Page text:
DIU selects eight companies to develop RCV software

By Nickolai Sukharev / April 3, 2024 at 7:12 PM

(Editor's note: This story has been updated to reflect that three companies have been added to the original five selected to develop autonomous systems for the Army's Robotic Combat Vehicle.)

The Defense Innovation Unit announced yesterday it has selected Anduril Industries, Overland AI and Palantir Technologies and added them to five companies previously selected to develop autonomous systems for the service's Robotic Combat Vehicle.

“Together, these companies will support the Army’s Robotic Combat Vehicle (RCV) program in developing a robust, capable and compliant software system that can operate in a variety of autonomous modes and rapidly integrate a variety of payloads as they become available,” the April 3 release reads.

The DIU selected Forterra, Kodiak Robotics, Neya Systems and Overland AI to develop the autonomous navigation software for the vehicle while Applied Intuition and Scale AI will develop the machine learning capabilities.

Anduril Industries and Palantir Technologies will be responsible for software system integration.

“We are excited to work with these best-in-class autonomy providers, software experts and systems integrators as we drive towards merging software capabilities developed through the RCV Software Acquisition Pathway (SWP) into the RCV Full System Prototype (FSP),” RCV Product Manager Steve Herrick said in the release.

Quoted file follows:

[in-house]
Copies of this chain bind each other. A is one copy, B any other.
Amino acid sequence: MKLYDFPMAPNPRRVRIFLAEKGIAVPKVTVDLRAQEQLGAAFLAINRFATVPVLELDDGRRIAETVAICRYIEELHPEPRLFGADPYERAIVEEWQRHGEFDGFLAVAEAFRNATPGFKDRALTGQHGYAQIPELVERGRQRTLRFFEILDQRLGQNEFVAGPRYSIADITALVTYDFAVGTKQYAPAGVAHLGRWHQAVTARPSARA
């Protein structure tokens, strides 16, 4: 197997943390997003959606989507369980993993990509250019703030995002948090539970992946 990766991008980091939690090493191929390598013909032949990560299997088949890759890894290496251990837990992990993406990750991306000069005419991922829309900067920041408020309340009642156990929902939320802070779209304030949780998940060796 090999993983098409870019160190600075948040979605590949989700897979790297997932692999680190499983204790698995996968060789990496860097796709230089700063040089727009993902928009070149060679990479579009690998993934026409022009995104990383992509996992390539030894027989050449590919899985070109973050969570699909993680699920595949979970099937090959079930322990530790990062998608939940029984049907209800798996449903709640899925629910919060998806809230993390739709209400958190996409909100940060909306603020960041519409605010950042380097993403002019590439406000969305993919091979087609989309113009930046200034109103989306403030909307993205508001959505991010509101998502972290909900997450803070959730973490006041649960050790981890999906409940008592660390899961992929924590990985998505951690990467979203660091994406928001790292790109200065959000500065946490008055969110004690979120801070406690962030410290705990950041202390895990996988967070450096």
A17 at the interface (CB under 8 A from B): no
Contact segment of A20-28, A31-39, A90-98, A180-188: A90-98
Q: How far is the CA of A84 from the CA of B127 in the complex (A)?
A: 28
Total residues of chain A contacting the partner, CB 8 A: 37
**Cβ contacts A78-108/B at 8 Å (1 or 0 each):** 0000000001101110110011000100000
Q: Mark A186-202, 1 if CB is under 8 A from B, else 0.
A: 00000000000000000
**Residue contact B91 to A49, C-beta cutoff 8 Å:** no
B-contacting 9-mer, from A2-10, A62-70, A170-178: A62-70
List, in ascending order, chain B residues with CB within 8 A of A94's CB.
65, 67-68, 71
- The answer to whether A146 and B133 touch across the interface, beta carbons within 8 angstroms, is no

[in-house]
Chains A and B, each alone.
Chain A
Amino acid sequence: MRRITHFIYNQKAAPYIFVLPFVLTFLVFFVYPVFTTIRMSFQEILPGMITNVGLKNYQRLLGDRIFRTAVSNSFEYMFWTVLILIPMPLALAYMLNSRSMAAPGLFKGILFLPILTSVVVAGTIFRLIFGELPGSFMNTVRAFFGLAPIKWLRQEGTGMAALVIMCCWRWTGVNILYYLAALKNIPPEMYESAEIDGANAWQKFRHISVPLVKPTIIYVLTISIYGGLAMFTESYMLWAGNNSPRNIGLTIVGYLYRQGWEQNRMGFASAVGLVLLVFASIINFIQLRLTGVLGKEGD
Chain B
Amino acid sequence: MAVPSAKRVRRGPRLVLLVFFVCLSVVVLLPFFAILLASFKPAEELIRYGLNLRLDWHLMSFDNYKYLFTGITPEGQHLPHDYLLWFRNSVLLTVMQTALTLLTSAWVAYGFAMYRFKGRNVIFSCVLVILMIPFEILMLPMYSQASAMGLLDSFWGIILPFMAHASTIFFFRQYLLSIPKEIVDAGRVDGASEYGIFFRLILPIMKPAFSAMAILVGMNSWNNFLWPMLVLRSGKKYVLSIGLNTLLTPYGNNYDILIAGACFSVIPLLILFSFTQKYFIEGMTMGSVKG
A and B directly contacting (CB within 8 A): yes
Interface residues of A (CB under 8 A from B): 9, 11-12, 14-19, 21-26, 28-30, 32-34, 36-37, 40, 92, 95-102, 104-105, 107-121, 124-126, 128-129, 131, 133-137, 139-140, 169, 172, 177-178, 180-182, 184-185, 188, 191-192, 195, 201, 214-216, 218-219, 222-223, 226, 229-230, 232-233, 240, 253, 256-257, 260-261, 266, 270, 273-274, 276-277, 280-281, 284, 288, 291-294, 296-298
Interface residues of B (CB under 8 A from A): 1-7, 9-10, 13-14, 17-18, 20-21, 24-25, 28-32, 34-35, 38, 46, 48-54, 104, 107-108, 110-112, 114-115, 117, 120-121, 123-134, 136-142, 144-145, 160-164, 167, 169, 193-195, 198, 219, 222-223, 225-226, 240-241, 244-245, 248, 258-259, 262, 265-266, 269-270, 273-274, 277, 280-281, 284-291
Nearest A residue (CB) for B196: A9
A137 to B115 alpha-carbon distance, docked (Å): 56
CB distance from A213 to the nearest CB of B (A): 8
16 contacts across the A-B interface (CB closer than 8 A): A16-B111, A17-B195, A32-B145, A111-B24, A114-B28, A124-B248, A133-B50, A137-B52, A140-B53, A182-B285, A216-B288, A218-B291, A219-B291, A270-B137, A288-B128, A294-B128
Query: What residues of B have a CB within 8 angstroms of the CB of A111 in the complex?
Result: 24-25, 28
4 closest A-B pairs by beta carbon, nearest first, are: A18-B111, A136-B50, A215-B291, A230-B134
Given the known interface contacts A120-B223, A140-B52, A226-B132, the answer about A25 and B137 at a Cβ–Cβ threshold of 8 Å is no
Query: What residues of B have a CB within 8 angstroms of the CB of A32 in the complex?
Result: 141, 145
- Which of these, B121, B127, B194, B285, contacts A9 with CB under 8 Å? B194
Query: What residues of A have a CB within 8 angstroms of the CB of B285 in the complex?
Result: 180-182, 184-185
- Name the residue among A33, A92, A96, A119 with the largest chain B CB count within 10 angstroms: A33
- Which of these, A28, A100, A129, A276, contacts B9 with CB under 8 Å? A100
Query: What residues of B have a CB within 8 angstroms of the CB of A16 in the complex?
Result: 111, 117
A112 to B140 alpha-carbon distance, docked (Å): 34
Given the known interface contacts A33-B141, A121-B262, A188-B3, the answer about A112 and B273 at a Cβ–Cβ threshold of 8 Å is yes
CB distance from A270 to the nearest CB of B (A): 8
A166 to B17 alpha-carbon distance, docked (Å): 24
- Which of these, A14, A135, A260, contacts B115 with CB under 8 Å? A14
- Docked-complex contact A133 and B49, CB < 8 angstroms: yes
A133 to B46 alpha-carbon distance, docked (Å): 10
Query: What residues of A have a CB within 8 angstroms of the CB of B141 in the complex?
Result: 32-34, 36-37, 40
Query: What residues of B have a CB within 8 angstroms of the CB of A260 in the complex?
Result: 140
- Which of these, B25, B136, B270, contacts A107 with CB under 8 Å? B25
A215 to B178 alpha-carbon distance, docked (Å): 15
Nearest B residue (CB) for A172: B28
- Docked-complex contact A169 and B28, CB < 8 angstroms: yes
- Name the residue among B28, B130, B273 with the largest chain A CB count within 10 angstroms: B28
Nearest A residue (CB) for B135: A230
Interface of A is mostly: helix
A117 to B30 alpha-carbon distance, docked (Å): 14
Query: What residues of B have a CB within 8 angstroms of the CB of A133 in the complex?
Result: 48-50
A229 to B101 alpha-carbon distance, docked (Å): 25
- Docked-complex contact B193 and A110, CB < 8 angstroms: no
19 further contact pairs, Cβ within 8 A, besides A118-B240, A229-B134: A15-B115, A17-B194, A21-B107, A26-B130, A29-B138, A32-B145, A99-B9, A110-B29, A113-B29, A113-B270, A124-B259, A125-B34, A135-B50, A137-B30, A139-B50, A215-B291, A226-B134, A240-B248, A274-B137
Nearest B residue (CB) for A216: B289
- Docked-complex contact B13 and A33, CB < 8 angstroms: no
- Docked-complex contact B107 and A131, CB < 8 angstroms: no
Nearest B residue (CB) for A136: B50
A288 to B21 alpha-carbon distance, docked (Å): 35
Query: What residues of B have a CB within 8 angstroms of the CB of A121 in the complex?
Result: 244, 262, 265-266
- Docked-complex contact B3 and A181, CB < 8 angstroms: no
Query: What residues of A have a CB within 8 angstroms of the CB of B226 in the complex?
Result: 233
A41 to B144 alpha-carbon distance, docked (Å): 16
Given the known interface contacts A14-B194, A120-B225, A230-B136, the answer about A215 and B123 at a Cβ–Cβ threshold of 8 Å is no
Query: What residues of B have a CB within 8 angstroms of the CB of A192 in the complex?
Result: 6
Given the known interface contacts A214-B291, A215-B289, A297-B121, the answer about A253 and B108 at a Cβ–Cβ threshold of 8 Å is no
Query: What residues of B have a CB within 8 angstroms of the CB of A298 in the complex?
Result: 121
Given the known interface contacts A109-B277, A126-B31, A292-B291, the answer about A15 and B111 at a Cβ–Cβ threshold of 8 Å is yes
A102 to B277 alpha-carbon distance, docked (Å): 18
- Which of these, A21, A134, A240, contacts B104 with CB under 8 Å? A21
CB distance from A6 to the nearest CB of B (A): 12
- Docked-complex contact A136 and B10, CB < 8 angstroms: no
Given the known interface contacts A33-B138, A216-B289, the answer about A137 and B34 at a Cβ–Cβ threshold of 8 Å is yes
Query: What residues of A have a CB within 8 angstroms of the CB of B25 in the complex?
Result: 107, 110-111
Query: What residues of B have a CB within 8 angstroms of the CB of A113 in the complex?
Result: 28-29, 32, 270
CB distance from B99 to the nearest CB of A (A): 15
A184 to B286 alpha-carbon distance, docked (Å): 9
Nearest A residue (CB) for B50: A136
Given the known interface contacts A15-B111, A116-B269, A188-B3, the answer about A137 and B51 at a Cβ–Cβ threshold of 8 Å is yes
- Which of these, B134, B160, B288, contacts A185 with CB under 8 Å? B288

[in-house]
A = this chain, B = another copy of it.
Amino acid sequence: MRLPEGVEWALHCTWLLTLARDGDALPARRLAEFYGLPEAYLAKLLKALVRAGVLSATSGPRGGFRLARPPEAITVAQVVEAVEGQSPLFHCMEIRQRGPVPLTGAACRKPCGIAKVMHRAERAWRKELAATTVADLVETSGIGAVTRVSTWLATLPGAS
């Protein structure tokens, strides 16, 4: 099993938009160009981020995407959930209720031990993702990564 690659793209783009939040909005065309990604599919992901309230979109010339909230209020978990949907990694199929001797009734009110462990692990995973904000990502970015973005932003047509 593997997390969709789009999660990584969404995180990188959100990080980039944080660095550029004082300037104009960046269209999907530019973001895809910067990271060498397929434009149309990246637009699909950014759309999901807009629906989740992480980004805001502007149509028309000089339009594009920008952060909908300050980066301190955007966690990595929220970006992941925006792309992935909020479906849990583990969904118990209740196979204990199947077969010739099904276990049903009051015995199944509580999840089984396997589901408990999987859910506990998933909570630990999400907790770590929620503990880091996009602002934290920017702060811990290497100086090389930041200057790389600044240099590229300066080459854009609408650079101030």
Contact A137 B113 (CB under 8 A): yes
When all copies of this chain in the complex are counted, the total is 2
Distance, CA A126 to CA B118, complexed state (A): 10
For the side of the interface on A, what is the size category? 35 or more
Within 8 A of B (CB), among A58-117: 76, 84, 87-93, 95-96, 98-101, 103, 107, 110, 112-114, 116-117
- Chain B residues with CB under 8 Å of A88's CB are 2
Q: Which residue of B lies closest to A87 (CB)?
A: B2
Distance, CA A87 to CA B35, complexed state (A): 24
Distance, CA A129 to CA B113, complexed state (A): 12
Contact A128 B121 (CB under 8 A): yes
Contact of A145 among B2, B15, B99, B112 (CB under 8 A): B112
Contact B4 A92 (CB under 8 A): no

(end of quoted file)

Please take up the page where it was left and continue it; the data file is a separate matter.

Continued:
“Our software system integrators will also be the first to implement Traceability, Observability, Replaceability and automated Consumption (TORC) compliance for Army software-centric ground vehicles, thereby helping the Army ensure programmatic flexibility and performance over time.”

Part of the Army’s human-machine integration efforts, the Robotic Combat Vehicle is designed to conduct reconnaissance missions and protect the flanks of crewed armored units. The vehicle is intended to be attritable will have a flatbed to accommodate both lethal and non-lethal payloads.

The Army initially envisioned light, medium and heavy variants but, in August 2023, prioritized development on the light variant through a middle-tier acquisition pathway and rapid prototyping approach, according to the Congressional Research Service.

In September 2023, the Army down selected General Dynamics, Oshkosh, Textron and HDT to develop prototypes of the vehicle for delivery in August 2024.

While General Dynamics, Oshkosh and Textron are developing tracked vehicles, HDT opted for wheels in their design.